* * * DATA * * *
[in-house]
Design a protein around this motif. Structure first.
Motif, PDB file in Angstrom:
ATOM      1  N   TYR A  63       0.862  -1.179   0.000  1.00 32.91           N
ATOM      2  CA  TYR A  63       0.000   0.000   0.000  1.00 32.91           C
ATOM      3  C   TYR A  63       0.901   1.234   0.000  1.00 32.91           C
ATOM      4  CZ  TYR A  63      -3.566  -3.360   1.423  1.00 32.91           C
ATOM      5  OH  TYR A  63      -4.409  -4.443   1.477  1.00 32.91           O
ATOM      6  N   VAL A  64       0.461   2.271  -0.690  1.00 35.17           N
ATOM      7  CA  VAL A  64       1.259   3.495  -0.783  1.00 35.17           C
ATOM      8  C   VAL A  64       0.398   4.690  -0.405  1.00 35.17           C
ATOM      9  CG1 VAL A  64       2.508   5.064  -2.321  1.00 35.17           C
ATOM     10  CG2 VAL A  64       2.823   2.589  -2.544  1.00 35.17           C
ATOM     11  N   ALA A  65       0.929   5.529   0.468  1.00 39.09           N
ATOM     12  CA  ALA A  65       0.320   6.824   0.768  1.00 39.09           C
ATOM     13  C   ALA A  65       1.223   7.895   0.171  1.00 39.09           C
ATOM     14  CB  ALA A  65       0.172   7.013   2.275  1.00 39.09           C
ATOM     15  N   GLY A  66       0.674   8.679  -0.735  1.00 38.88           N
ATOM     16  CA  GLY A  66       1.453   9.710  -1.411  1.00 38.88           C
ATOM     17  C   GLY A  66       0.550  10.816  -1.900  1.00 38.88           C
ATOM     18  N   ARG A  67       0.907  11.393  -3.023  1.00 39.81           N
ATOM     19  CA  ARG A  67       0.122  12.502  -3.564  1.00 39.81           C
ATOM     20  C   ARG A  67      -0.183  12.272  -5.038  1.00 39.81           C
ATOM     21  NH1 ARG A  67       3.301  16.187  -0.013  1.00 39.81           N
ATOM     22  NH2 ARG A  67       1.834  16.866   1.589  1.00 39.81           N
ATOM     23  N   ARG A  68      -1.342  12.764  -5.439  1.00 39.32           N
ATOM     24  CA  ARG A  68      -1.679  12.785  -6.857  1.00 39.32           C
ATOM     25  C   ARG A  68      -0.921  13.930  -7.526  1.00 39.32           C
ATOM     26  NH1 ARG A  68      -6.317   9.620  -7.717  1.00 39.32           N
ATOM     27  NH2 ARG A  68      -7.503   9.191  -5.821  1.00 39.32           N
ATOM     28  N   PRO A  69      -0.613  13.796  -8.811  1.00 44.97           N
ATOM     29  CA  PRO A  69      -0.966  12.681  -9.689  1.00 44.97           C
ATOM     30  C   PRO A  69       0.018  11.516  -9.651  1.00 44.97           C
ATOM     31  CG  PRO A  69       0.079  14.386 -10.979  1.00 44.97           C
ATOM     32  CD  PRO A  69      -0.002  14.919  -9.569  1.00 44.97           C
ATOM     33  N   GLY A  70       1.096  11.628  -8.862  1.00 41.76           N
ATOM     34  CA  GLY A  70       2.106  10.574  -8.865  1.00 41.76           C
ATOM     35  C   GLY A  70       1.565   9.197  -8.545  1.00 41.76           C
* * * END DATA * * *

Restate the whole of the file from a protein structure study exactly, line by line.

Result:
[in-house]
Design a protein around this motif. Structure first.
Motif, PDB file in Angstrom:
ATOM      1  N   TYR A  63       0.862  -1.179   0.000  1.00 32.91           N
ATOM      2  CA  TYR A  63       0.000   0.000   0.000  1.00 32.91           C
ATOM      3  C   TYR A  63       0.901   1.234   0.000  1.00 32.91           C
ATOM      4  CZ  TYR A  63      -3.566  -3.360   1.423  1.00 32.91           C
ATOM      5  OH  TYR A  63      -4.409  -4.443   1.477  1.00 32.91           O
ATOM      6  N   VAL A  64       0.461   2.271  -0.690  1.00 35.17           N
ATOM      7  CA  VAL A  64       1.259   3.495  -0.783  1.00 35.17           C
ATOM      8  C   VAL A  64       0.398   4.690  -0.405  1.00 35.17           C
ATOM      9  CG1 VAL A  64       2.508   5.064  -2.321  1.00 35.17           C
ATOM     10  CG2 VAL A  64       2.823   2.589  -2.544  1.00 35.17           C
ATOM     11  N   ALA A  65       0.929   5.529   0.468  1.00 39.09           N
ATOM     12  CA  ALA A  65       0.320   6.824   0.768  1.00 39.09           C
ATOM     13  C   ALA A  65       1.223   7.895   0.171  1.00 39.09           C
ATOM     14  CB  ALA A  65       0.172   7.013   2.275  1.00 39.09           C
ATOM     15  N   GLY A  66       0.674   8.679  -0.735  1.00 38.88           N
ATOM     16  CA  GLY A  66       1.453   9.710  -1.411  1.00 38.88           C
ATOM     17  C   GLY A  66       0.550  10.816  -1.900  1.00 38.88           C
ATOM     18  N   ARG A  67       0.907  11.393  -3.023  1.00 39.81           N
ATOM     19  CA  ARG A  67       0.122  12.502  -3.564  1.00 39.81           C
ATOM     20  C   ARG A  67      -0.183  12.272  -5.038  1.00 39.81           C
ATOM     21  NH1 ARG A  67       3.301  16.187  -0.013  1.00 39.81           N
ATOM     22  NH2 ARG A  67       1.834  16.866   1.589  1.00 39.81           N
ATOM     23  N   ARG A  68      -1.342  12.764  -5.439  1.00 39.32           N
ATOM     24  CA  ARG A  68      -1.679  12.785  -6.857  1.00 39.32           C
ATOM     25  C   ARG A  68      -0.921  13.930  -7.526  1.00 39.32           C
ATOM     26  NH1 ARG A  68      -6.317   9.620  -7.717  1.00 39.32           N
ATOM     27  NH2 ARG A  68      -7.503   9.191  -5.821  1.00 39.32           N
ATOM     28  N   PRO A  69      -0.613  13.796  -8.811  1.00 44.97           N
ATOM     29  CA  PRO A  69      -0.966  12.681  -9.689  1.00 44.97           C
ATOM     30  C   PRO A  69       0.018  11.516  -9.651  1.00 44.97           C
ATOM     31  CG  PRO A  69       0.079  14.386 -10.979  1.00 44.97           C
ATOM     32  CD  PRO A  69      -0.002  14.919  -9.569  1.00 44.97           C
ATOM     33  N   GLY A  70       1.096  11.628  -8.862  1.00 41.76           N
ATOM     34  CA  GLY A  70       2.106  10.574  -8.865  1.00 41.76           C
ATOM     35  C   GLY A  70       1.565   9.197  -8.545  1.00 41.76           C